Sugar House Forest Farmhouse 1863


This was one of the first Mansions in Sugar House, built by Brigham Young in 1863 on a 800 Acre Farm located in what is now called the Forest Dale Historic District and is roughly bounded by 700 East, Interstate 80, Commonwealth Ave. and 900 East.

The Farmhouse was relocated to This is the Place Heritage Park in 1976 and it was restored to as close as possible to how it was in the mid-1960s as a working dairy and experimental farm.


Brigham Young never lived in this uniquely styled stucco farmhouse, but used it as a “show place” for visiting dignitaries and guests. He and his family held musical performances, square dances, and dinner parties in the home’s second-story ballroom that was designed in the tradition of New England inns. The farm also served as an agricultural experiment station where crops such as alfalfa, sugar beets, mulberry seedlings, and silkworms could be tested for their viability in the unfamiliar Utah climate and soil. It was primarily a dairy farm.


The expansive kitchen accommodated cooks for thirty workman and family members. Breakfast was a large meal, and Dinner (noon meal) was the biggest meal of the day. Supper (evening meal) was very light.


A unique aspect of this home that set it apart from others of the day was the cool artesian water that was piped into a large tank in the cellar from a nearby well. The cellar served as kind of a refrigerator or “cool room” for meat, milk, butter, cheese, eggs and other highly perishable products.

This helps to remind me how grateful I am for the modern kitchens we enjoy today with food preservation, modern cooking and running hot and cold water at our fingertips, not to mention the many other high end kitchen amenities that are available to us today.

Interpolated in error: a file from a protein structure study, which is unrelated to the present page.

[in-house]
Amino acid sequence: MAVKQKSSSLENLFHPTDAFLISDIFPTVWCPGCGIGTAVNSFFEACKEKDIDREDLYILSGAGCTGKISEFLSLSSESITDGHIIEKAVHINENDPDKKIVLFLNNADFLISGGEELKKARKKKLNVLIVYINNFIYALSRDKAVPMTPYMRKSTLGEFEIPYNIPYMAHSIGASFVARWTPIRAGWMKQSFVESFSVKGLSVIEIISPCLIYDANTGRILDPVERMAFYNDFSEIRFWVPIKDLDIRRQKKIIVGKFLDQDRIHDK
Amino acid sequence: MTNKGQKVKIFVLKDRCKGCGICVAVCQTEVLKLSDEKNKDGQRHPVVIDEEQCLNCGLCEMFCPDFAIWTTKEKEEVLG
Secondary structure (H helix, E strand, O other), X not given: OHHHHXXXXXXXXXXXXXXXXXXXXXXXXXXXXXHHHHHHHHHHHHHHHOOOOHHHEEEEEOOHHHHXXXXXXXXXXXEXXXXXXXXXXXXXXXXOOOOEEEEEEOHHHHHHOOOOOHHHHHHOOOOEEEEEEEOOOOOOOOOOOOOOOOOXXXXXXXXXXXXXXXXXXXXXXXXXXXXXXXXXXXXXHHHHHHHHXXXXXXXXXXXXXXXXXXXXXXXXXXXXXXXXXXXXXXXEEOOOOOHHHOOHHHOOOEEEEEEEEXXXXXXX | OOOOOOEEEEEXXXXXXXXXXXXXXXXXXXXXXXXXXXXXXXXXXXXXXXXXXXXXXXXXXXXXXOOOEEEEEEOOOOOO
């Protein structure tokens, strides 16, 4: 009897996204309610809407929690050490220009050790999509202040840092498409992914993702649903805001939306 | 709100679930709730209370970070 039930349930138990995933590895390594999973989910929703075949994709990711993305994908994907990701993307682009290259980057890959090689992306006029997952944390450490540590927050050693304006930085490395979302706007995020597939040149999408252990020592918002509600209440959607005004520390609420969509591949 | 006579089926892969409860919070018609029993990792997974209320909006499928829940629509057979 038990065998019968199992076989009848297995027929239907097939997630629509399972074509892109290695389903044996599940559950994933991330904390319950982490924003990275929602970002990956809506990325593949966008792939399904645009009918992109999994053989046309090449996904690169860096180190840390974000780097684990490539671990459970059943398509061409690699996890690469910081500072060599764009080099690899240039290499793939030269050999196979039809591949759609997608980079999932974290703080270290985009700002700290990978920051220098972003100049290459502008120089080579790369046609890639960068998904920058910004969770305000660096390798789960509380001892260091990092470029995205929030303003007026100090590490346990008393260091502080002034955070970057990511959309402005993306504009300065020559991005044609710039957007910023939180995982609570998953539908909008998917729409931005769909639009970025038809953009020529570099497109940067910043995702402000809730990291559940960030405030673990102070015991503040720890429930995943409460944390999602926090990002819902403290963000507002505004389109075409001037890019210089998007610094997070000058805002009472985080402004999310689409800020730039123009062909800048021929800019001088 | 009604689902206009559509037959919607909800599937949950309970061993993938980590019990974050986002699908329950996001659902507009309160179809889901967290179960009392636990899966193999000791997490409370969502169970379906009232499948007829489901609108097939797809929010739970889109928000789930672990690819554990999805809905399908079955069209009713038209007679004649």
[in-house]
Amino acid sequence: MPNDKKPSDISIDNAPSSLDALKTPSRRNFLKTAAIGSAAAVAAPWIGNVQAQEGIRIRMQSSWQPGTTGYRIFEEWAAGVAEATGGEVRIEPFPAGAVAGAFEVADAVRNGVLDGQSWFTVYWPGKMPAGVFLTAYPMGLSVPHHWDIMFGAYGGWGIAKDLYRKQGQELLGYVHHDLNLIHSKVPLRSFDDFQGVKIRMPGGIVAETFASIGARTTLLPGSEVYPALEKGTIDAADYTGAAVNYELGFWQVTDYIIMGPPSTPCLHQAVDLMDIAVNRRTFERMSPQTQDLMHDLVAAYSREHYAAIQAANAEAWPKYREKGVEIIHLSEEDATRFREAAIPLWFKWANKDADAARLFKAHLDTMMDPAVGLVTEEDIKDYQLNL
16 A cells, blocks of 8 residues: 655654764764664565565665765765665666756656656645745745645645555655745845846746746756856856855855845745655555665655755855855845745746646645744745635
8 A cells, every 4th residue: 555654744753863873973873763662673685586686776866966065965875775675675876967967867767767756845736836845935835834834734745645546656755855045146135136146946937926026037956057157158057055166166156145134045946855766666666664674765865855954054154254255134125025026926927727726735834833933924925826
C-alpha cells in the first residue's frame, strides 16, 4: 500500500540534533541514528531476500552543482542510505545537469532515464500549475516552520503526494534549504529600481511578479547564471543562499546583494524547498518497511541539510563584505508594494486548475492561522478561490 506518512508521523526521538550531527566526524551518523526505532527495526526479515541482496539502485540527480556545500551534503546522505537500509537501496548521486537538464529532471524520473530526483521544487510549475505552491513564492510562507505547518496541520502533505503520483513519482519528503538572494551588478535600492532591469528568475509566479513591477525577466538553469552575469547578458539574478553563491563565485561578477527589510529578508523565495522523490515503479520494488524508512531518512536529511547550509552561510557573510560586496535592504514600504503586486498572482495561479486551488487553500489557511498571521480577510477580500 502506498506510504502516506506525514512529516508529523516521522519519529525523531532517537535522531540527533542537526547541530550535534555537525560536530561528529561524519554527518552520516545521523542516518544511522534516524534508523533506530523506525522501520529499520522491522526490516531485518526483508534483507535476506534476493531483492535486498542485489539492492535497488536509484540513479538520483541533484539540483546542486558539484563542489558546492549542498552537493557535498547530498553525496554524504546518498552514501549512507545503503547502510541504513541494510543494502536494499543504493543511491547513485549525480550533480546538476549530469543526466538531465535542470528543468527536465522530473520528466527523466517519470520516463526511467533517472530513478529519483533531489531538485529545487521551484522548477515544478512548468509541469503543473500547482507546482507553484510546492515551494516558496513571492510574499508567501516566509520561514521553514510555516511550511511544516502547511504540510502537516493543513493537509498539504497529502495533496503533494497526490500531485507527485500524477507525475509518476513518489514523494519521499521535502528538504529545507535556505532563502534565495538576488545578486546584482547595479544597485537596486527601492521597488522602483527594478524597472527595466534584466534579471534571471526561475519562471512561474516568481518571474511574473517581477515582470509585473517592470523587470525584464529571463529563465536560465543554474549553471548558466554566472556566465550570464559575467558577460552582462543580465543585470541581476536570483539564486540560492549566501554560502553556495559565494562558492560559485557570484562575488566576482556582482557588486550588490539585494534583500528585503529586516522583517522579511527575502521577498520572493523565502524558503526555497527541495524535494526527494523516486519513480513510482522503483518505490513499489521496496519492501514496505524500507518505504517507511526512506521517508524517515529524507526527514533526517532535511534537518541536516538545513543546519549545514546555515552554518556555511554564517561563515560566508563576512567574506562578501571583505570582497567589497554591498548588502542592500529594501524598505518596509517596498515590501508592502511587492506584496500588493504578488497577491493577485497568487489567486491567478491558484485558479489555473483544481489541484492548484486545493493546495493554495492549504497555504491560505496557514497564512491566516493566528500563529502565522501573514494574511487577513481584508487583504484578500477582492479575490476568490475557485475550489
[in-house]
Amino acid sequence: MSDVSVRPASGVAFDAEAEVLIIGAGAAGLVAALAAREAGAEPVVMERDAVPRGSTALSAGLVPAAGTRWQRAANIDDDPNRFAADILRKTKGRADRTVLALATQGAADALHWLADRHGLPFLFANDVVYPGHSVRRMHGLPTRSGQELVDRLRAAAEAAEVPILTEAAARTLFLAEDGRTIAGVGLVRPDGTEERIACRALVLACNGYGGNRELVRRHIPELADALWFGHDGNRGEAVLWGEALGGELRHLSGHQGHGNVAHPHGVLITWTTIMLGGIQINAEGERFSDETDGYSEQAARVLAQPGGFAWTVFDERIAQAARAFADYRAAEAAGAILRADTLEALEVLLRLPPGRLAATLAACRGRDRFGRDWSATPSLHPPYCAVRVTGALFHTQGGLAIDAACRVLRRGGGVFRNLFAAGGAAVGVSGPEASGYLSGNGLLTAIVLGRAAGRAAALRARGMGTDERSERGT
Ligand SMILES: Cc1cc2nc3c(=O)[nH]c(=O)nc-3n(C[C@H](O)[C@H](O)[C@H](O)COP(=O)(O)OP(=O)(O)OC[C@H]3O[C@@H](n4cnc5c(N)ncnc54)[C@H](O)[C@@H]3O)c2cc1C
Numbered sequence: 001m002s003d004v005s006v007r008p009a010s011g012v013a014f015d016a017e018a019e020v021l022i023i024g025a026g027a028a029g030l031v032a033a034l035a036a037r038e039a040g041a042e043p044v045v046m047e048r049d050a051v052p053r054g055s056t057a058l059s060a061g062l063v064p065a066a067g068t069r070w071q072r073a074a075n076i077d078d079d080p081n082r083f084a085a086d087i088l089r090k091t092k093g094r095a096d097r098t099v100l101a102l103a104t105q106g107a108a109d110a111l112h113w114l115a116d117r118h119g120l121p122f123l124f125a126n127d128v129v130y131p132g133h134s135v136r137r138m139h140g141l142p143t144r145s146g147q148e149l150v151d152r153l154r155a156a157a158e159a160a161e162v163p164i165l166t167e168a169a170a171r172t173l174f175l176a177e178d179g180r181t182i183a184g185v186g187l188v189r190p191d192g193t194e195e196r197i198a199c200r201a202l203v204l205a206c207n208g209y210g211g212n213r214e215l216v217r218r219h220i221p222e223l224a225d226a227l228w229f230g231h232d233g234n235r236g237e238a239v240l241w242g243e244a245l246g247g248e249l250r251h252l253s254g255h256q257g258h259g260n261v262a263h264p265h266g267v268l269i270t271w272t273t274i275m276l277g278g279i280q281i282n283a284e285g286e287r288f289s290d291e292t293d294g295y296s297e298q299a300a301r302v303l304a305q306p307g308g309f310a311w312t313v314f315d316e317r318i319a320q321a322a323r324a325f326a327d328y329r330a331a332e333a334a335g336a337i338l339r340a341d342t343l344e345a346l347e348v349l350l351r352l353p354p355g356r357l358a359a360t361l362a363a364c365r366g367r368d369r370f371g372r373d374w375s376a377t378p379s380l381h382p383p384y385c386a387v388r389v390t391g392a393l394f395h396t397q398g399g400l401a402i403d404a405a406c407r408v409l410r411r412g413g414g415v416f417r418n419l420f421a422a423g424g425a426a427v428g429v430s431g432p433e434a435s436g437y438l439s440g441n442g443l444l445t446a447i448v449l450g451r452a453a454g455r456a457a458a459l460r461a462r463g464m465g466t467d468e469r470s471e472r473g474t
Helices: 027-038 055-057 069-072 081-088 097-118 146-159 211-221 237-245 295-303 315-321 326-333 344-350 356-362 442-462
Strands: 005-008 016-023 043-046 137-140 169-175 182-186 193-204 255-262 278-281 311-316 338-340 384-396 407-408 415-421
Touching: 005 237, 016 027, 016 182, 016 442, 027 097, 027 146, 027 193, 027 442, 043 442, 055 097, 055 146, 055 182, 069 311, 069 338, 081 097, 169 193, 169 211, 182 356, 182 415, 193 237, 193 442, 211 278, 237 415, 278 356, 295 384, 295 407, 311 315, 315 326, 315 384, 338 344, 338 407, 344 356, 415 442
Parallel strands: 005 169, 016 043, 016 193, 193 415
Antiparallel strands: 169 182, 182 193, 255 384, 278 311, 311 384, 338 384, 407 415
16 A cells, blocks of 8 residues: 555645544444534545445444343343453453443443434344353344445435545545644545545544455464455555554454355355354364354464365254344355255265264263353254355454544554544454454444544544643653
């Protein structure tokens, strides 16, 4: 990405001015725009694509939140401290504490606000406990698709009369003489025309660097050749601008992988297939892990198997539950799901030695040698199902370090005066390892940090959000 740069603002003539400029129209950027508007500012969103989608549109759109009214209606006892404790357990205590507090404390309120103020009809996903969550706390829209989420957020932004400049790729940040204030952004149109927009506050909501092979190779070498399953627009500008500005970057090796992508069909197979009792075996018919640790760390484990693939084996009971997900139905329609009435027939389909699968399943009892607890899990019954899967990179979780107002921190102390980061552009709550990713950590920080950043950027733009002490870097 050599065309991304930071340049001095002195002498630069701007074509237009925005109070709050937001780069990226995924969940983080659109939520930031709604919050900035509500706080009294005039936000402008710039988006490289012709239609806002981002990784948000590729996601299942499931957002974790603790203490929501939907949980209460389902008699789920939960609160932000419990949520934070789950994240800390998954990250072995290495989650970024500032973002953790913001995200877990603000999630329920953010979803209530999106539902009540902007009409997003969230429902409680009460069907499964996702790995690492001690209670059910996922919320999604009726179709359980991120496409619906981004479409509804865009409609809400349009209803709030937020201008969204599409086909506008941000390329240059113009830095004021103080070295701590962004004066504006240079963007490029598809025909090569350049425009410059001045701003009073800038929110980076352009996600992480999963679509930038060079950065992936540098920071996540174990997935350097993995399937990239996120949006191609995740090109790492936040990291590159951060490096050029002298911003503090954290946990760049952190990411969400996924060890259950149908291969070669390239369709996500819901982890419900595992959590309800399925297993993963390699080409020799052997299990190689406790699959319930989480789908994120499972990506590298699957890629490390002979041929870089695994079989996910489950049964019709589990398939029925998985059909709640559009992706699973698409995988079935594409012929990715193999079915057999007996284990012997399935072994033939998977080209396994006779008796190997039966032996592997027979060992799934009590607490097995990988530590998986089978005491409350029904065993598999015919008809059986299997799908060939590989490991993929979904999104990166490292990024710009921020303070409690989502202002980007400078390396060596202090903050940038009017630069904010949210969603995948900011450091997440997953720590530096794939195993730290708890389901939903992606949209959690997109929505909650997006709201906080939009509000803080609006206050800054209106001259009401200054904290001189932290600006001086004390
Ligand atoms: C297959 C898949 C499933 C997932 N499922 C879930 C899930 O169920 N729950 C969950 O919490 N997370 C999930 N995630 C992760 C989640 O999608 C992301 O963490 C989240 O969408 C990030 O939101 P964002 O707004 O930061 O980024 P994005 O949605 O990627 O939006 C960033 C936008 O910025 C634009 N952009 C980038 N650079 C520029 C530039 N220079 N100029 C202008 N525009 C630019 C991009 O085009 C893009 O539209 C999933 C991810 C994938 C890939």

The dinning room hasn’t changed nearly as much as the kitchen has over the last one hundred and fifty years.


The bedrooms were very nice other than the lack of bathrooms. I’m very glad that we don’t have to rely on a bedpan under the bed…..

img_0161Our chapter of the NKBA toured this home for our Christmas meeting.


It was very interesting to see how they made their own clothing.


For perspective we also toured the John Gardner Cabin built in 1864 to see how the average family lived in the 1860s.


John Gardner and his wife Harriet Dyer built this one-room 13 by 22 foot cabin in Pleasant Grove, Utah.


In 1883, John took a second wife, Annie Nichols. They had ten children, seven boys and three girls. A lean-to of rock and adobe was added to accommodate the children of the second marriage, as was the loft, which is accessible only by an outside ladder.


This cabin represents the humble, economic status of many new immigrants who could bring very few furnishings and personal belongings with them to Utah.


We all enjoyed the tour very much and we will be coming back next year to tour some of the other historical buildings at This is the Place Heritage Park.

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